Increasing Value and Savings

As companies struggle to increase customer value by improving performance, many companies are turning their attention to purchasing and supply management. Consider, for example, CSX, the company featured at the beginning of this chapter. Almost 45 percent of the total sales of CSX is expended with suppliers for the purchase of materials and services. It does not take a financial genius to realize the impact that suppliers can have on a firm’s total cost. Furthermore, many features that make their way into final products originate with suppliers. The supply base is an important part of the supply chain. Supplier capabilities can help differentiate a producer’s final good or service, increasing their value to the final customer.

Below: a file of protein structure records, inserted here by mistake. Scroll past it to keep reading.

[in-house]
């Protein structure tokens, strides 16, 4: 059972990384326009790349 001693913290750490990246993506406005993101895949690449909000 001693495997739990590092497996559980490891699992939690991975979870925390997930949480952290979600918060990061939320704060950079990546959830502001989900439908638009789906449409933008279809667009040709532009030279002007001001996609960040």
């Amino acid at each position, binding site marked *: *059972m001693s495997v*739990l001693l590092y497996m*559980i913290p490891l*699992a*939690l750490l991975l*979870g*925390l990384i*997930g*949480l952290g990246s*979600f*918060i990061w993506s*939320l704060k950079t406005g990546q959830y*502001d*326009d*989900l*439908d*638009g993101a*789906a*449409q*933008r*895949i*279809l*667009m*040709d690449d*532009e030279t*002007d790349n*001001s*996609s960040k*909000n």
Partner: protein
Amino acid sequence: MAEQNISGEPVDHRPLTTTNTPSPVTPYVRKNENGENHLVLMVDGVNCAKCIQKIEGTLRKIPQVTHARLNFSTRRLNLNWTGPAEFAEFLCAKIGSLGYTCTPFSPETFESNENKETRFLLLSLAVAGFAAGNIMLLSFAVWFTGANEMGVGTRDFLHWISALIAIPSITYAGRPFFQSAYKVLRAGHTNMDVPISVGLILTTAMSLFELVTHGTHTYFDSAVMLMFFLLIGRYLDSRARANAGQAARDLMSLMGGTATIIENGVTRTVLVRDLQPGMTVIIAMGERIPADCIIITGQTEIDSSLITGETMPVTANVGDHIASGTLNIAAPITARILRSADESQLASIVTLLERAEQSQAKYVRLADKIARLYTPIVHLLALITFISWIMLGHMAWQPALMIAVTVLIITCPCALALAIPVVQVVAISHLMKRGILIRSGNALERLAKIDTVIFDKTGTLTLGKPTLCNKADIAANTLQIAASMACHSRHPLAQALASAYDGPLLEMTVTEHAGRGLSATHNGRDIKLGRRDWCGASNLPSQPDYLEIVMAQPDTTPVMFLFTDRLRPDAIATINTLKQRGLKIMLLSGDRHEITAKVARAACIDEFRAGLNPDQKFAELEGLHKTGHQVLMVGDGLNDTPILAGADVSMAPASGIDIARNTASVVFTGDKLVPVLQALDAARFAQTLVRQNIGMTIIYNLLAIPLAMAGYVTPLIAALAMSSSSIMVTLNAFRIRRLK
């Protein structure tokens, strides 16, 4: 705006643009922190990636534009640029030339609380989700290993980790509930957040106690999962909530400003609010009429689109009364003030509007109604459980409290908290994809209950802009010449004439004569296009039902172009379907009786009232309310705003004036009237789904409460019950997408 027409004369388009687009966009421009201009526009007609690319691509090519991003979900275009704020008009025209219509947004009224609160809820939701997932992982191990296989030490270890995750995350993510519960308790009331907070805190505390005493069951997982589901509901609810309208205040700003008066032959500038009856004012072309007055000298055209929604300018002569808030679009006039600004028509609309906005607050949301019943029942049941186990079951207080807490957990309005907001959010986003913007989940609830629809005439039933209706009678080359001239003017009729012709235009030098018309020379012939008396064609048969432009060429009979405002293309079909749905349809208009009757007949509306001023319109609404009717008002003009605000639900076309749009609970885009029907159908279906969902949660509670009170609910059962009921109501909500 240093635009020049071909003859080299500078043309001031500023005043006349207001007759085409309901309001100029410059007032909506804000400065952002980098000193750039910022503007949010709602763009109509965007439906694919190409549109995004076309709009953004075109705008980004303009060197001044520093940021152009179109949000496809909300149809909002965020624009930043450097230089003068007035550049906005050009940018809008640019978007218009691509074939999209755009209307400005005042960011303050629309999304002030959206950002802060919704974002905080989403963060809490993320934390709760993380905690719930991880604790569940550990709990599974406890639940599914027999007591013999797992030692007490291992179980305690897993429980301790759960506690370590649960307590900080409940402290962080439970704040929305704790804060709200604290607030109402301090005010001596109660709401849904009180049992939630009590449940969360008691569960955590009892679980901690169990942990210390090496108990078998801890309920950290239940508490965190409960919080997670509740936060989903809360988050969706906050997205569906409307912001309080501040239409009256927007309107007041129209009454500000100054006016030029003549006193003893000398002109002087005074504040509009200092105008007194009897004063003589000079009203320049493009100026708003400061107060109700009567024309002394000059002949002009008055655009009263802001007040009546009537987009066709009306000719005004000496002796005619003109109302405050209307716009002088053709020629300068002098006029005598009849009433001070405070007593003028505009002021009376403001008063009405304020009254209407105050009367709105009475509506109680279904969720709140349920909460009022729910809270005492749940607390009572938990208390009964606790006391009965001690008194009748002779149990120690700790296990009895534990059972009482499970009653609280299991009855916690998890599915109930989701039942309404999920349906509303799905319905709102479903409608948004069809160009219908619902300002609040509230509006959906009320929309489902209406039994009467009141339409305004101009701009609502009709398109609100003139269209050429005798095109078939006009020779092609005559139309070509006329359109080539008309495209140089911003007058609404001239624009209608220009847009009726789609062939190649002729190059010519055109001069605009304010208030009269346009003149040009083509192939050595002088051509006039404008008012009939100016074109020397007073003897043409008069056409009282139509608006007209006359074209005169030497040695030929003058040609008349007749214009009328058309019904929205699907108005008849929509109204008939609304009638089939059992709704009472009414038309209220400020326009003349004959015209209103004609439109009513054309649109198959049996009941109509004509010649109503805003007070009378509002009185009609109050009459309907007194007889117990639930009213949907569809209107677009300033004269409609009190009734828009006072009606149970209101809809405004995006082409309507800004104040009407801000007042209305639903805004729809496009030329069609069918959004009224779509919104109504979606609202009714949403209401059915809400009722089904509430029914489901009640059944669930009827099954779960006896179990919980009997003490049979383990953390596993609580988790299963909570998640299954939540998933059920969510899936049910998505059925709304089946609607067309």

In the manufacturing sector, the percentage of purchases to sales averages 55 percent. This means that for every dollar of revenue collected on goods and services sales, more than half goes back to suppliers. It is not difficult to see why purchasing is clearly a major area for cost savings. Cost savings also encompasses avoiding costs through early involvement with design and proactively responding to supplier requests for price increases.

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